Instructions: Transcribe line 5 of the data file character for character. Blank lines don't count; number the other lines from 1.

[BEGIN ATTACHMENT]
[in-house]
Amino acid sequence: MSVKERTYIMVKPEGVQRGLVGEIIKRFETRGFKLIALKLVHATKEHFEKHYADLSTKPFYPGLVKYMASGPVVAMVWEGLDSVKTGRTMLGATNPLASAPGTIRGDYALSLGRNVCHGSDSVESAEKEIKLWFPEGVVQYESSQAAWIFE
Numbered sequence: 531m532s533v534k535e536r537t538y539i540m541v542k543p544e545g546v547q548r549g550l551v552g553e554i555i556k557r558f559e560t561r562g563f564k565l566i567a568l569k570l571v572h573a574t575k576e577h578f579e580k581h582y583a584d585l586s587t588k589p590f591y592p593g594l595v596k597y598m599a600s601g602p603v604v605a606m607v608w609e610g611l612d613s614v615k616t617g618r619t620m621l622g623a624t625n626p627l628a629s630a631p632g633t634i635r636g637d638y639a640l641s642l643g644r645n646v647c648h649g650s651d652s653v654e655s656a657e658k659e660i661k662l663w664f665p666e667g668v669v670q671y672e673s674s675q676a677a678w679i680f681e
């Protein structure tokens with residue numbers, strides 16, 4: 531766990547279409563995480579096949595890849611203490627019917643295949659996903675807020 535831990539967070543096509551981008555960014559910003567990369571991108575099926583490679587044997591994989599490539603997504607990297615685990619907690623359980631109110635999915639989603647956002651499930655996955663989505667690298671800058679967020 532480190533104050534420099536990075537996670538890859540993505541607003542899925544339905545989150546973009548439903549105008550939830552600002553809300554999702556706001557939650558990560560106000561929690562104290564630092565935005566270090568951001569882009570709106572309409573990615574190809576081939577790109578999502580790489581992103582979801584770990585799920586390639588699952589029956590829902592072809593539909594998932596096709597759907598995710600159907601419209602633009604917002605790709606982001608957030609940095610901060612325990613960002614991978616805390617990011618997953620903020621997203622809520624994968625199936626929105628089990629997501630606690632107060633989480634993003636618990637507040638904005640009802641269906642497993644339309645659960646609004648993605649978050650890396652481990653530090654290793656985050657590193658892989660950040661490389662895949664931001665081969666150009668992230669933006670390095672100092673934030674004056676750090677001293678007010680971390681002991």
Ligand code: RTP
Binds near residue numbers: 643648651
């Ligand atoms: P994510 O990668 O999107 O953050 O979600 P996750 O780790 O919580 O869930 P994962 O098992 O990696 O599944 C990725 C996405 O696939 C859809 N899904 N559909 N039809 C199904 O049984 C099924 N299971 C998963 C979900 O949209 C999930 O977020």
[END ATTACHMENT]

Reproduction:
Ligand code: RTP